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作者 Lew, Seok-Choon, ed
書名 The Korean economic developmental path [electronic resource] : confucian tradition, affective network / Edited by Seok-Choon Lew
出版項 Basingstoke : Palgrave Macmillan, 2013
國際標準書號 1137347295 (electronic bk.) : £62.50
9781137347299 (electronic bk.) : £62.50
book jacket
版本 1st ed
說明 240 p. : 20 ill
02 62.50 GBP 00 S 52.08 20.0 62.50 10.42 GB xxk Palgrave Macmillan onix-pt
20131218 IP 20141017 GB xxk Palgrave Macmillan UK-WkNB
附註 Electronic book text
Epublication based on: 9781137359728, 2013
Contents Introduction 1. Missing Links in Understanding the Korean Developmental Model PART I: THE CULTURAL DIMENSION: CONFUCIAN TRADITION 2. Confucian Ethics and the Spirit of Capitalism in Korea: The Significance of Filial Piety PART II: THE SOCIAL DIMENSION: AFFECTIVE NETWORKS 3. Affective Networks, Social Capital, and Modernity in Korea 4. Historical Development of Affective Networks in Korea: The Non-governmental Sector and Confucian Tradition PART III: THE POLITICAL DIMENSION: STATE-SOCIETY RELATIONS 5. Confucian Capitalism of Park Chung Hee: Possibilities and Limits 6. Generalized Reciprocity between Strong State and Strong Society: Park Chung Hee and the Korean Developmental Path 7. Did the 1997 Financial Crisis Transform the S. Korean Developmental State? Focused on the Public Fund Conclusion 8. Moral Economy References in English Language References in Korean Language Index
This book defines the Korean development as the moral economy of growth derived from a synergy between strong state and strong society and argues that Confucian cultural orientation has played a critical role in the process. This book traces back the origins of Korean development from the cultural and moral dimension, and argues that the source of weakened autonomy and capacity of the state after the 1997 crisis also should be traced from the loss of fundamental ethos. It elucidates the positive effect of cultural inheritance that has been most blamed in the earlier studies as hampering economic growth and democratization of Korean society: Confucianism, affective networks, and state intervention. As such institutional characteristics have undeniably formed the historical path of Korean development, the future of Korean development cannot also be alienated from this path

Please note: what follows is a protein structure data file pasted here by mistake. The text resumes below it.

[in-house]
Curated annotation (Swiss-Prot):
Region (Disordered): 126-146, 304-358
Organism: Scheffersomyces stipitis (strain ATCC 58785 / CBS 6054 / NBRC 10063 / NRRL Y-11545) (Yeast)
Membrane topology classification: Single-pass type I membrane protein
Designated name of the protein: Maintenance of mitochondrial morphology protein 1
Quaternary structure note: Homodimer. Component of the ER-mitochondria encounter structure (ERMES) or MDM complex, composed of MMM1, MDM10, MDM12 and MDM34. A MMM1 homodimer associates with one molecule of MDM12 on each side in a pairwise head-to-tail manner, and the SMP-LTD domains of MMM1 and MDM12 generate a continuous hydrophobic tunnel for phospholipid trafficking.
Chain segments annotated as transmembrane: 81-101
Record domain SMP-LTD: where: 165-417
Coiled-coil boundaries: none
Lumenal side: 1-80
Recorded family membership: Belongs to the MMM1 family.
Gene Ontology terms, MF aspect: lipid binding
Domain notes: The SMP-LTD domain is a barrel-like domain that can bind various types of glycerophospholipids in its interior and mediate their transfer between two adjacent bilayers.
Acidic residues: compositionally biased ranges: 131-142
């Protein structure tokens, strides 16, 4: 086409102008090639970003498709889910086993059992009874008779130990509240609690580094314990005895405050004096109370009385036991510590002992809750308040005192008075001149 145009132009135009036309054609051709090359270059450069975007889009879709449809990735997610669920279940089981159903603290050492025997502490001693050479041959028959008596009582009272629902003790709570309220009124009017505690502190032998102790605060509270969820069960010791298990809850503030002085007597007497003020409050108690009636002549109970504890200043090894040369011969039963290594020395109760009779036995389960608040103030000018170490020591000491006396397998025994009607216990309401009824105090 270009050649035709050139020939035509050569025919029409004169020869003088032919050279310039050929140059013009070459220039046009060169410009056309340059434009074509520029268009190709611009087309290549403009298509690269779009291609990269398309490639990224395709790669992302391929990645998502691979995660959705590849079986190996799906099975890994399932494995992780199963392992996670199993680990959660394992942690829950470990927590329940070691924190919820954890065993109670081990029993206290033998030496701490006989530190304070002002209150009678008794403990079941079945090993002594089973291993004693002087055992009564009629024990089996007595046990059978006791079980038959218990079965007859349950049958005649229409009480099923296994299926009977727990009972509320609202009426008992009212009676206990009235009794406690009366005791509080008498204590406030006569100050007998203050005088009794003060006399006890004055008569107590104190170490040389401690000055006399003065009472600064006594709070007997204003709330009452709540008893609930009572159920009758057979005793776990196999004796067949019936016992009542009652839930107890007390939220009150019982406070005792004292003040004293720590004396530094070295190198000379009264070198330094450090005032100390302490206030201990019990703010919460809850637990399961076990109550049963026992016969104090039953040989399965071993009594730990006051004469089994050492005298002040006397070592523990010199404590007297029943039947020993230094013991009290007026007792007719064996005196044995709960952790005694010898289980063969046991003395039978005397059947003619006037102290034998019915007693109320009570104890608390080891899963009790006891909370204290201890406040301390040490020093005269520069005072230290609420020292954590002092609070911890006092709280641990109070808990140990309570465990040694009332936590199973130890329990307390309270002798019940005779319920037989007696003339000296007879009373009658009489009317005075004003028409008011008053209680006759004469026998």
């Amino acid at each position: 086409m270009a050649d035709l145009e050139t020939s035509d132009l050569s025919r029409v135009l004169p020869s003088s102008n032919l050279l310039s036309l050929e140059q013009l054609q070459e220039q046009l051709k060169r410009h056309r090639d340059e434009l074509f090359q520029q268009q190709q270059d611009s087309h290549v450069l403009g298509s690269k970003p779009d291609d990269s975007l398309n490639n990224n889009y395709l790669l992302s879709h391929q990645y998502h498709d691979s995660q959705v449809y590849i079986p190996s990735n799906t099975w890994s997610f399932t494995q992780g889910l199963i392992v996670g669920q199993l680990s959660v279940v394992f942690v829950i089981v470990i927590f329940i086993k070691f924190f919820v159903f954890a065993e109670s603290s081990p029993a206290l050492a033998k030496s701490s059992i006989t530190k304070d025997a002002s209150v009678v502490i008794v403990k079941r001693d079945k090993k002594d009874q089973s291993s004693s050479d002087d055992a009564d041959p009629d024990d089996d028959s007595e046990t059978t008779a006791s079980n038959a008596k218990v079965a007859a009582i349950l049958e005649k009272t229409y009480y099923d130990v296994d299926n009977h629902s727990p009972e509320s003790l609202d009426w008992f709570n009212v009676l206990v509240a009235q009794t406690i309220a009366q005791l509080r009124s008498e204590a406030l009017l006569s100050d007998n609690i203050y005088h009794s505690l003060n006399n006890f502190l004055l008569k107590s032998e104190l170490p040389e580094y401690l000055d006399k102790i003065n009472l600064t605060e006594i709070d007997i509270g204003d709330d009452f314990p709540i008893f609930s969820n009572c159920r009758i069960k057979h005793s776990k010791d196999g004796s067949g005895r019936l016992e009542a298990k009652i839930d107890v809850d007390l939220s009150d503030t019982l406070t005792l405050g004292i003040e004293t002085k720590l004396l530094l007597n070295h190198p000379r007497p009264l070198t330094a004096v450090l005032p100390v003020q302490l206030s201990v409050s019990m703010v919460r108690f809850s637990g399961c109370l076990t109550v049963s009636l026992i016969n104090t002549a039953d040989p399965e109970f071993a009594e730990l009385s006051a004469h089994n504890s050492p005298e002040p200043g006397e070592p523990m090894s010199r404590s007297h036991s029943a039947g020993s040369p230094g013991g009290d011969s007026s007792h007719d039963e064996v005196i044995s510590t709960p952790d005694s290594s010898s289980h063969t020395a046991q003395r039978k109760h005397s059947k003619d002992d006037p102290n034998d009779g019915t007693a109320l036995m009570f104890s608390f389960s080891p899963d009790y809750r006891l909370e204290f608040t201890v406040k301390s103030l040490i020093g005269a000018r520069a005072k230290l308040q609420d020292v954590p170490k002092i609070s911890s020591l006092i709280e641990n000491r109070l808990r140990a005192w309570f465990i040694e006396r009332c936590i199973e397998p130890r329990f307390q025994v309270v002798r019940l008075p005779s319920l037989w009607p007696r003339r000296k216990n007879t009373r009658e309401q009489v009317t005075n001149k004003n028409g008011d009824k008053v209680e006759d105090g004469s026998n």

This is a provocative addition to the literature, by a sociologist, who finds a big gap in existing models of economic development. Taking a fresh look at the concept of social capital, Lew supplements the dichotomy of state-civil society with that of strong state-strong society, based on affective networks, including blood relations, school ties, and localism. He points to 'disciplinary ethos' as a means for keeping the state from being captured by special interests. Concentrating on the example of Korea and on its Confucian traditions, Lew puts culture at center stage in presenting a novel take on how the social sciences should interpret the phenomenal record of East Asian development, arguing that globalization is not incompatible with a strong state and a society still steeped in bonds many thought were unsuitable to our era. - Gilbert Rozman, Emeritus Musgrave Professor of Sociology, Princeton University, USA, and Editor-in-chief, The Asan Forum This project will regenerate much interest among students of East Asian patterns of development at large...A proper understanding of the yongo kwan'gye is a key to understanding not only contemporary Korean society, but also its people and the foundation of their social networking which Lew refers to as 'affective networks.' This is a fine contribution to studies of Confucian capitalism and in particular, strong state-strong society relations, in the context of Korea. - Hyung-A Kim, Associate Professor, Australian National University
Seok-Choon Lew is a professor of sociology and the director of Syngman Rhee Institute at Yonsei University, Seoul, Korea. He has earned his PhD in sociology from the University of Illinois, Urbana-Champaign, USA, in 1986. His areas of expertise are sociology of development, economic sociology, and Southeast Asian studies. He has served on editorial boards of Korean Sociological Review (in Korean) and Journal of Southeast Asian Studies (in Korean). He has been a visiting scholar at Oxford University (1993), Doshisha University in Kyoto (1999), University of the Philippines (2002), Australian National University (2009), and University of California, San Diego (2009). Recently, he has written extensively on 'affective networks' and 'developmental states' in East Asia. Please visit for more information on his publications and career
主題 Confucianism and state -- Korea
Economic development -- Korea
Development economics & emerging economies -- Korea. bicssc
Economics. ukslc
Political science & theory -- Korea. bicssc
Korea -- Economic policy
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